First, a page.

No More Bad Haircuts
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No More Bad Haircuts

Find out how to get a great cut every time.

Common Haircut Mistakes

It's too short, too choppy, too off balance, all too wrong, and you're too unhappy for words. It's a style emergency, a shock to our beauty sensibilities. It's a bad haircut. All you want, besides to turn back the clock, is better hair -- fast!

Most bad haircuts are the result of styles cut in disproportion to the shape of the head and contrary to hair texture. Here, the most common mishaps I see:

  • Pineapple -- The top is cut too short in relation to the rest of the hair.
  • Mop Top -- The top layers are left too long.
  • Hockey Player -- The hair in the back is too long for the sides.
  • Shred Head -- Hair is unevenly layered.
  • Mamie Eisenhower -- Bangs are cut too short.
  • Symmetrically Challenged -- One side is longer than the other.

How to Avoid a Bad Haircut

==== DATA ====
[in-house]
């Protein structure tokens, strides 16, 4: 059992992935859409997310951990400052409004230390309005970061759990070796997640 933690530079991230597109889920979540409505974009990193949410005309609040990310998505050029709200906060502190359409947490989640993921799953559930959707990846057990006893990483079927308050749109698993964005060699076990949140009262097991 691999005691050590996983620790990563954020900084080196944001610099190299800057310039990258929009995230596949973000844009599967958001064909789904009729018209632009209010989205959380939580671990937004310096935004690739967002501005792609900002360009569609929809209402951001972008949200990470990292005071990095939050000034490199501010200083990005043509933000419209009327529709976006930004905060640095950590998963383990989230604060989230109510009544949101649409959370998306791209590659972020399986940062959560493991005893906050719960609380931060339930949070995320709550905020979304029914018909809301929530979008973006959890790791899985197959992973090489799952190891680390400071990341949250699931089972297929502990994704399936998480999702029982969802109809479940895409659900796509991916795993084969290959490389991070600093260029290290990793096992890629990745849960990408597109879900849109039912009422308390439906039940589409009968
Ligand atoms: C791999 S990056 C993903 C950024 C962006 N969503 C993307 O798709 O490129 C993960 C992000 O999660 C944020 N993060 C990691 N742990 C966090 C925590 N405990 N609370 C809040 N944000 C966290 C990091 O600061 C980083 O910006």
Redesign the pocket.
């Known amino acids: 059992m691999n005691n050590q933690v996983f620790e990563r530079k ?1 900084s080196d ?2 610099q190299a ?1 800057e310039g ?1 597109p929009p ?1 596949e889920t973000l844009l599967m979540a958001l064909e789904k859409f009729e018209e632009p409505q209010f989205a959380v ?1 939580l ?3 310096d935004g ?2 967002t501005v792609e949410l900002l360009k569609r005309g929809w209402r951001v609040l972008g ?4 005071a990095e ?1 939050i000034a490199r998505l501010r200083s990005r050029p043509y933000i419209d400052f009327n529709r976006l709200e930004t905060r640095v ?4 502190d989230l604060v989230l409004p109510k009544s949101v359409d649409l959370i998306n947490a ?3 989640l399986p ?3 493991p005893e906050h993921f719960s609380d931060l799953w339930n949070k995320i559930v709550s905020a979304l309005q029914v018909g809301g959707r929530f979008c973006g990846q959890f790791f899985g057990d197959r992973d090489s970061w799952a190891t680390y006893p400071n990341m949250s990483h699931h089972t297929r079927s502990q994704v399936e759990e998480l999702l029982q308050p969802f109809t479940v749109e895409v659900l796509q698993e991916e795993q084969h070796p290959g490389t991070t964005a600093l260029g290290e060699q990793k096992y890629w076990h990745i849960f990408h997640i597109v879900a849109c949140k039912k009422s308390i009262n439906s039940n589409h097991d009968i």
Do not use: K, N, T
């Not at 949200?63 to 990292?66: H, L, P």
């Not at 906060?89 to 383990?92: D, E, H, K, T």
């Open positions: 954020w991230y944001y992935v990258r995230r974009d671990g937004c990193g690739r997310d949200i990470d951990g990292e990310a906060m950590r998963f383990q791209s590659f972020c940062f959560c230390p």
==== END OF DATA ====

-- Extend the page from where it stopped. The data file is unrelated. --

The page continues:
Follow these tips to keep hair disasters at bay:

  • Frequent only the stylist whom you trust and with whose work you are familiar. Don't try a hairdresser on a whim. Go with someone recommended.
  • No matter what your relationship with your stylist, always have a thorough discussion first to ensure you are both clear on your desired results -- before the scissors touch your hair.
  • Be sure your pre-cut consultation includes a discussion of what you like and don't like about your present cut. If you are visiting a stylist for the first time, show pictures of yourself in past styles. Do bring photos of models and celebrities whose hairstyles you like. They will help communicate your personal style and what you envision for your hair.
  • Your first cut with your new stylist should be a subtle one. If you're satisfied with it and the way it grows out, go for a more dramatic style.

How to Spot a Winner

A good haircut has correct proportions, as well as hair that looks and acts great. The cut should be manageable and grow out effortlessly, looking its best even when you're due for a trim.

Also, you should be able to discern the shape of a cut, and hair should look appealing in its natural state, before it is styled.

Remember, dissatisfaction with a haircut may be more of a problem with the styling than with the actual cut. If you are unable to re-create the look you had in the salon, schedule a follow-up how-to lesson with your stylist.

To learn more about Mark Garrison and his New York City salon, go to